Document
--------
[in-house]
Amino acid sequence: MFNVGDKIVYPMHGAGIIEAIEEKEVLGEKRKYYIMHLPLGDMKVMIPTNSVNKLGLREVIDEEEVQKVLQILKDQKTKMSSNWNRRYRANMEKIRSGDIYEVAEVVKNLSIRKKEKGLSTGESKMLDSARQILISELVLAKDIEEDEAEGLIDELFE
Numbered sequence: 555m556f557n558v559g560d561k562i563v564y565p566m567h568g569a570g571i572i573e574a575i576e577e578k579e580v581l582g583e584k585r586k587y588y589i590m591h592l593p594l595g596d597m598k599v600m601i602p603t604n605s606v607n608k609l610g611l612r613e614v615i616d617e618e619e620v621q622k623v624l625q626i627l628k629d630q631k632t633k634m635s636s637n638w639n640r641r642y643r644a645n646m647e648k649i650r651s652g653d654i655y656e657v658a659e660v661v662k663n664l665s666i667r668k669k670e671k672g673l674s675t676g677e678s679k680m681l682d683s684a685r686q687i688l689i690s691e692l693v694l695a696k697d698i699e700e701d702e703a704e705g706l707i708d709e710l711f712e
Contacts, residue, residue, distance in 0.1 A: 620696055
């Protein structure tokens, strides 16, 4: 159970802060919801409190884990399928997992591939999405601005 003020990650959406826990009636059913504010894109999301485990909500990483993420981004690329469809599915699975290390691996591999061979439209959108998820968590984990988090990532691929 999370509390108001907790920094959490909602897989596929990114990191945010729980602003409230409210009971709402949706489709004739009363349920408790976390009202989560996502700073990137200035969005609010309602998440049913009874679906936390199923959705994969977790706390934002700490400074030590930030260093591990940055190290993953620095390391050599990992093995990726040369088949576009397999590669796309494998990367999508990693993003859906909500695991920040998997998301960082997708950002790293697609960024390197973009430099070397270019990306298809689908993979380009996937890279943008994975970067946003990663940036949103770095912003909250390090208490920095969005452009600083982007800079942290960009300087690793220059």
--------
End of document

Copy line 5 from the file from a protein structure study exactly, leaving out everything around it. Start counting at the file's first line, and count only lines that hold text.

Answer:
């Protein structure tokens, strides 16, 4: 159970802060919801409190884990399928997992591939999405601005 003020990650959406826990009636059913504010894109999301485990909500990483993420981004690329469809599915699975290390691996591999061979439209959108998820968590984990988090990532691929 999370509390108001907790920094959490909602897989596929990114990191945010729980602003409230409210009971709402949706489709004739009363349920408790976390009202989560996502700073990137200035969005609010309602998440049913009874679906936390199923959705994969977790706390934002700490400074030590930030260093591990940055190290993953620095390391050599990992093995990726040369088949576009397999590669796309494998990367999508990693993003859906909500695991920040998997998301960082997708950002790293697609960024390197973009430099070397270019990306298809689908993979380009996937890279943008994975970067946003990663940036949103770095912003909250390090208490920095969005452009600083982007800079942290960009300087690793220059």